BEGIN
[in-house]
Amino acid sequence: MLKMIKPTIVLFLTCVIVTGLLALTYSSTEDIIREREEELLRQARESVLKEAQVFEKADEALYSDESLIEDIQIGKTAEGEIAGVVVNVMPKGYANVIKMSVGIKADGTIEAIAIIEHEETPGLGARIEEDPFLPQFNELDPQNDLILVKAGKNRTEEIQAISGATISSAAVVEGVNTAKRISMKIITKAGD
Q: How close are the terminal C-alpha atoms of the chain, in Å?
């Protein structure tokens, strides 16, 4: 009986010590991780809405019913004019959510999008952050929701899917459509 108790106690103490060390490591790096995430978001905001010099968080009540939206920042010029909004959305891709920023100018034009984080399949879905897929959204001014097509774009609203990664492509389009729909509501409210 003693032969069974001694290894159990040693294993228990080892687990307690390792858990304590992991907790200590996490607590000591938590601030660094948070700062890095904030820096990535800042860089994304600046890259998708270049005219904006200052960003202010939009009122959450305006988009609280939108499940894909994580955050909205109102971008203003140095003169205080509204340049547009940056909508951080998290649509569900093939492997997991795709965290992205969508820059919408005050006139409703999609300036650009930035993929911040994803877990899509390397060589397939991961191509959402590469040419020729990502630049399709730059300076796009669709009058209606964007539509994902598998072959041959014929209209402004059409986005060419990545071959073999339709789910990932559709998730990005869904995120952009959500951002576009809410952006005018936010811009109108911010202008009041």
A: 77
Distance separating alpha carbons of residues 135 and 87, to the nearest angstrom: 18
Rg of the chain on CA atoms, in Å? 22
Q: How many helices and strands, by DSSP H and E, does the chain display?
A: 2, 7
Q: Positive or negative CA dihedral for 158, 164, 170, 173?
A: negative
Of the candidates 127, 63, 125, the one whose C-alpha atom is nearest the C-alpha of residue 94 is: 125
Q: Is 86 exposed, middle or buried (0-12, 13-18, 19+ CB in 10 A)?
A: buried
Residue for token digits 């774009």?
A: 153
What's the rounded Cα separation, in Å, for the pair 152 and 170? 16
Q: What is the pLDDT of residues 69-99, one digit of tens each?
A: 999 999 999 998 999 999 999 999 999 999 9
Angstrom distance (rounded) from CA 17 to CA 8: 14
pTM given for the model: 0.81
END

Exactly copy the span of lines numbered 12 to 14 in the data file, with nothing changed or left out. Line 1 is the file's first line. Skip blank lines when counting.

Of the candidates 127, 63, 125, the one whose C-alpha atom is nearest the C-alpha of residue 94 is: 125
Q: Is 86 exposed, middle or buried (0-12, 13-18, 19+ CB in 10 A)?
A: buried